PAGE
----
You Salty, huh?

saltyWe as humans are creatures of habit, we do what we’re used to and don’t even question it. This personally reigns true for me when I’m sitting at a dining table and sprinkle some table salt on my food when it doesn’t meet my flavor standards. It wasn’t until recently that I realized that this additional ingredient puts a toll on my well-being.

I generally eat pretty clean, so I had to pause for a minute and question why my seemingly harmless avocado toast was making me feel so bloated and sluggish. My thought process was that I’m better off adding salt and pepper to my food rather than a hefty sauce, butter, cheese, or dressing. Which is true in most senses, but becoming too dependent on salt only causes sluggishness, bloating and cravings for fatty foods.

I realized that once I stopped adding salt to my food I felt comfortably full, extremely energized and not bloated. Once I noticed this difference it made it easy for me to decide to give up table salt for the year. I found myself broadening my horizon to the healthy alternatives to salt and realizing how little sodium we actually need in our diet.

According to the American Heart Association, it is recommended that we consume 1,500 mg of sodium a day -which is less than the amount of salt found in a teaspoon. Despite your current health status, this is an easy initiative to limit your risk factors to cardiovascular disease.

If your preferred salt intake is that of a deer’s attraction to a salt lick, this might be a troubling thought to you. However, it is easier than you think to flavor your food without salt, here’s how.


  • Lemon: What we tend to love about salt is it’s slight tang. What better way to make up for this with a squeeze of some fresh and tangy lemon juice?
  • Pepper: I have always added pepper to my food, personally if it’s not spicy or flavorful I’m pretty bored with that food. So I always make sure to add Cayenne pepper, or black pepper.
  • Vinegar: Vinegar is a great alternative to salt. Balsamic vinegar can help lower blood pressure, blood sugar and cholesterol levels according to Plus, a little bit goes a long way when it comes to vinegar.
  • Garlic: Adding garlic to food is the perfect zest for you non pepper eaters. Not only does it give food a satisfying, hearty taste but it helps speed up your metabolism and is a good source of iron according to


February is just around the corner, which is American Heart month. What better time than now to make this simple change that can greatly improve your cardiovascular health? Broaden your palate horizon, limit your salt intake and indulge in an energized and healthy lifestyle.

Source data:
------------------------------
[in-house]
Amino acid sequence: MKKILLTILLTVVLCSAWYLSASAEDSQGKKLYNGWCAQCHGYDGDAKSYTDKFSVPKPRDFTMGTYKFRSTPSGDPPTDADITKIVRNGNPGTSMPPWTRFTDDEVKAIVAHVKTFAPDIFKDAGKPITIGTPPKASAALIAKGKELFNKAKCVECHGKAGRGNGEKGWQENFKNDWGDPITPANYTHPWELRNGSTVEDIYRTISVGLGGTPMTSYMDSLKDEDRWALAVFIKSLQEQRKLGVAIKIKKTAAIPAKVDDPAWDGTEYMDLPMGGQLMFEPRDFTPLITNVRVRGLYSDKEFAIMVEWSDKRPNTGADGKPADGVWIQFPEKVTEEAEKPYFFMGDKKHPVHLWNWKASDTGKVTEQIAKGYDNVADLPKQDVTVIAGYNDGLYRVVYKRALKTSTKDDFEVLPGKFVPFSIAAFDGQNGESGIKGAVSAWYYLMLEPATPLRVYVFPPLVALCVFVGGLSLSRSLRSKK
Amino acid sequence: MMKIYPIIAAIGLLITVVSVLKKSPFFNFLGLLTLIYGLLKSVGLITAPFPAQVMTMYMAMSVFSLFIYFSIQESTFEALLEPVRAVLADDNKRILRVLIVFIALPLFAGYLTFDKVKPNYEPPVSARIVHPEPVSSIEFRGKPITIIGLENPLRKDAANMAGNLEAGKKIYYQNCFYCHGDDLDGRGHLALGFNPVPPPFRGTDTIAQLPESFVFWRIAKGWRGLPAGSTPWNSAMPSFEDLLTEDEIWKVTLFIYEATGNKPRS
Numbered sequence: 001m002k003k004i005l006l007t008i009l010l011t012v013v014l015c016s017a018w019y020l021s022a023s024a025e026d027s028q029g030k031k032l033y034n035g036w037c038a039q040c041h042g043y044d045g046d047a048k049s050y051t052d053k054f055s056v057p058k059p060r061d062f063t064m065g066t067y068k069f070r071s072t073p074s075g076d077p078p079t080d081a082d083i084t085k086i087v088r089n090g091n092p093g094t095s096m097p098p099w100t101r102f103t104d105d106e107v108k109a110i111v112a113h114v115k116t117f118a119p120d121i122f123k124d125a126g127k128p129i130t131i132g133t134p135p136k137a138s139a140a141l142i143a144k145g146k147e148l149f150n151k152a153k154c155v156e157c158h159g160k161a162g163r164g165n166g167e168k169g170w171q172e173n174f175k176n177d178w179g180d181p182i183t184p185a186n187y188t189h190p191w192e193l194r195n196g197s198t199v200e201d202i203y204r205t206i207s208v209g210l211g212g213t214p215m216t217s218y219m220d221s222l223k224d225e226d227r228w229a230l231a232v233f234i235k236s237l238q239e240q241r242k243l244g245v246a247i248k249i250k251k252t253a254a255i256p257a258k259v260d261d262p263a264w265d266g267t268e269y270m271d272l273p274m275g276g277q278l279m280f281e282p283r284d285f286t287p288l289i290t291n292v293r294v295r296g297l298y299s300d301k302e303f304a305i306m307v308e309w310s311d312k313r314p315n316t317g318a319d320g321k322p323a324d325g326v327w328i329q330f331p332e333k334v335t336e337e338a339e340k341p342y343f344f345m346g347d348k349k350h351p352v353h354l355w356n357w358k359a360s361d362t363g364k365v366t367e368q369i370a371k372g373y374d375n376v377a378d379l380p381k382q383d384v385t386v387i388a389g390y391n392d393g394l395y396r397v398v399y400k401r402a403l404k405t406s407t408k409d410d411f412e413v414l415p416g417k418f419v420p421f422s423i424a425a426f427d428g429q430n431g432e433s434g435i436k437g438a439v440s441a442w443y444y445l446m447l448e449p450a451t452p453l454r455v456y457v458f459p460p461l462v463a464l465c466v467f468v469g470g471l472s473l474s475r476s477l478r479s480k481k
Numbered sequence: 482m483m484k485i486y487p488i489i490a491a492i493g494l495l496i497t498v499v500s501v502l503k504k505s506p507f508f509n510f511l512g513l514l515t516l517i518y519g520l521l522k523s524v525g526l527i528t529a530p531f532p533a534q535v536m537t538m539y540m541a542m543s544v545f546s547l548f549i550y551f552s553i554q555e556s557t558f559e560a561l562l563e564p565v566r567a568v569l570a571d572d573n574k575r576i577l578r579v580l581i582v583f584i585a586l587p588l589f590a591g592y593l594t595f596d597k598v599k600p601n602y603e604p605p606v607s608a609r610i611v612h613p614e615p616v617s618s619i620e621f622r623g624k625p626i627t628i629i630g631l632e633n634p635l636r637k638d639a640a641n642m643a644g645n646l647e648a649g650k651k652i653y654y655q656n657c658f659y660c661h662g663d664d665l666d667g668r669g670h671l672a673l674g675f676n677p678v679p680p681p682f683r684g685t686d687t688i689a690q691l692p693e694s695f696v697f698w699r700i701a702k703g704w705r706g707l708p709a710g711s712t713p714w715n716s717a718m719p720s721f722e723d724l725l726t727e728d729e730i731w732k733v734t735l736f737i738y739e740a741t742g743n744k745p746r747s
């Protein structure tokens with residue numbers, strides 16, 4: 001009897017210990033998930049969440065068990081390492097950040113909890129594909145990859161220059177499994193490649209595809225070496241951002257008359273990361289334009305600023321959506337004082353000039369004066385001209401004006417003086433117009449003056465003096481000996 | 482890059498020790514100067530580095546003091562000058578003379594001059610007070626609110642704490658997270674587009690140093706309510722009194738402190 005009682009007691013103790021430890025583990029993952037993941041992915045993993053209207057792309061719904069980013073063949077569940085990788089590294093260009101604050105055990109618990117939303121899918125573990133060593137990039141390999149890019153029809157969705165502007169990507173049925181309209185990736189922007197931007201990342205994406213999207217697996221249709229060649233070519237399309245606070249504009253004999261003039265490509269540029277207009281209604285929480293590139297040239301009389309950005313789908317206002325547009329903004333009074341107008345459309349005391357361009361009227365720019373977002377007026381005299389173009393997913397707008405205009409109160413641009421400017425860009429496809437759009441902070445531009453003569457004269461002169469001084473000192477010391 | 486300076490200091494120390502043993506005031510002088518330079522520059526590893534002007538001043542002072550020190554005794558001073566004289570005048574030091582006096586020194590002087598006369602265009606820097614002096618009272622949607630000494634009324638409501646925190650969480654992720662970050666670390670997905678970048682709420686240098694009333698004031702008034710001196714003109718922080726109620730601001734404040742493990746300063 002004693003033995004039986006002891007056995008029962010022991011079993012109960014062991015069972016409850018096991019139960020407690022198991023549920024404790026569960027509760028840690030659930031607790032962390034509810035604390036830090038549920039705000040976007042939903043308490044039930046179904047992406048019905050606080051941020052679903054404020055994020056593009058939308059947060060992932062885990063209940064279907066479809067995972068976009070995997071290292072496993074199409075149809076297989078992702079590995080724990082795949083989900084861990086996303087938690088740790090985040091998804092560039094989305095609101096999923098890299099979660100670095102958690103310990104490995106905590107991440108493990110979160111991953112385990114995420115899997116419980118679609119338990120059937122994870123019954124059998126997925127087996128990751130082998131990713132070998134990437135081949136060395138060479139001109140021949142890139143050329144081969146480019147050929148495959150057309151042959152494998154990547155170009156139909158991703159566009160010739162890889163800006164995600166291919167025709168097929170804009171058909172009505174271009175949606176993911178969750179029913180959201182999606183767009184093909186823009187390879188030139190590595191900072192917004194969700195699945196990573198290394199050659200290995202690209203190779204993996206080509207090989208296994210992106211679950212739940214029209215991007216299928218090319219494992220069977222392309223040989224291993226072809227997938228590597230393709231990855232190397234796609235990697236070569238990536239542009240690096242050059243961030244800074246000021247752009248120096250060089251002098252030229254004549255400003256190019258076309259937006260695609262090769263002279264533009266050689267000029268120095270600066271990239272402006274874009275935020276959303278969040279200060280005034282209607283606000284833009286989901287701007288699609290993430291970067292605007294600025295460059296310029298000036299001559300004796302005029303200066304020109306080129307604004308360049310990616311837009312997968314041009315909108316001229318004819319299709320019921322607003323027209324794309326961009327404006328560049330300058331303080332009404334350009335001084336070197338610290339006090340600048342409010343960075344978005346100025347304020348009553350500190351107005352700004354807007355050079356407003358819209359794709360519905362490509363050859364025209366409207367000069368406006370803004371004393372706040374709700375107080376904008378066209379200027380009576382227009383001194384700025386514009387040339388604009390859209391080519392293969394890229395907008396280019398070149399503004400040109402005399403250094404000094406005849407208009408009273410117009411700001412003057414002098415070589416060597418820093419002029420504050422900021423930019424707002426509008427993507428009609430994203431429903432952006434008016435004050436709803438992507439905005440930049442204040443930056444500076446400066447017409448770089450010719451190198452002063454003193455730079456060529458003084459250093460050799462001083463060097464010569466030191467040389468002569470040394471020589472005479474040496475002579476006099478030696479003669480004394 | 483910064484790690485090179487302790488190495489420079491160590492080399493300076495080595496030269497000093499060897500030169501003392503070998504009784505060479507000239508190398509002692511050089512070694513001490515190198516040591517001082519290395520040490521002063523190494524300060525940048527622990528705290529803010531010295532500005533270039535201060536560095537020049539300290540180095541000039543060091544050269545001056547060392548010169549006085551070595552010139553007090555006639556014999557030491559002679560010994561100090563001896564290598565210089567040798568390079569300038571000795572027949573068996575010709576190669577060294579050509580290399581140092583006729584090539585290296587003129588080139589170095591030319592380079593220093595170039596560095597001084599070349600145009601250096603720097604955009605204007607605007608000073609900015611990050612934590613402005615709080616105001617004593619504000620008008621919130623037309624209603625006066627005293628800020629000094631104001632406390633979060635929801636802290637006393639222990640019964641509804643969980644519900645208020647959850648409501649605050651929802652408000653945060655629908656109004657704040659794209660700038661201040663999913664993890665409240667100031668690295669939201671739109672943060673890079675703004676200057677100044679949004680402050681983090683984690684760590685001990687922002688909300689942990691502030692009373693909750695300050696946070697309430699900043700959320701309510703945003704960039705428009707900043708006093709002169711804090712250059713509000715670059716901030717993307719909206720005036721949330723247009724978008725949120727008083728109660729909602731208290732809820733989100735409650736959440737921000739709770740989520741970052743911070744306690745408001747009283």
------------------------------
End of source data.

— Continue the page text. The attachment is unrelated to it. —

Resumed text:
“It’s a good day to have a good one.”

-Alena Purpero

There’s nothing to “wine” about: the benefits of wine

Now that I’m 21, I can finally purchase and experiment with different kinds of wine. I have been a waitress for a quarter of my life, and I’ve always been pretty knowledgeable about wine because I had to sell it, but I was curious to see what they tasted like.

Now that I’m an experienced wino, I more or less pretend to be an expert, and my pallet has taught me that I prefer dry red wines and sweeter white wines.

Having said this, I was recently curious to see how many calories were in wine.

According to a blogger on, who is currently trying to lose weight, wine is the best choice of alcoholic beverages when it comes to calorie count.

Chardonnay, Pinot Grigio, Zinfandel® white wine, Cabernet Sauvignon and Merlot all contain 20 calories per ounce. That’s roughly 100 calories for a five ounce glass.

If you think 100 calories is a lot for a glass of wine, consider this: one ounce of Rye Whiskey, White Rum, Vodka or Tequila contains 69 calories. That’s 345 calories for a five ounce glass! Yikes!

If you aren’t a huge wine drinker, beer is the second best option. Beers, whether they are lagers, ales, ciders, etc., typically have around 150 calories per 12 ounce serving. Drinking “light” beers will drop the number of calories even lower.

Aside from the low calorie count, wine also has some surprising health benefits!

According to Food&, drinking wine promotes longevity, reduces heart-attack risk, lowers risk of heart disease, lowers risk of heart disease, reduces risk of Type 2 diabetes, lowers risk of stroke, cuts risk of cataracts, cuts risk of colon cancer and slows brain decline.

It needs to be noted that these health benefits are configured based on “moderate” wine drinking, which is defined by the American Heart Association as one to two four-ounce glasses a day.

While wine is delicious and surprisingly beneficial to your health, it is important to remember to always drink responsibly. It is my experience that wine tastes the best when consumed to help wash down a mouth-watering meal or while staying in and watching a late-night movie. The point is to enjoy the flavor of the wine, not wake up with the worst hangover of your life!

Having said that, I advise you to go out and try a new kind of wine, you might surprise yourself!

For information about calorie count comparisons and serving sizes of wine, you can visit the University Health and Counseling Services website:

~Remember, you have to learn to love yourself before you can truly love someone else~

Abbey :]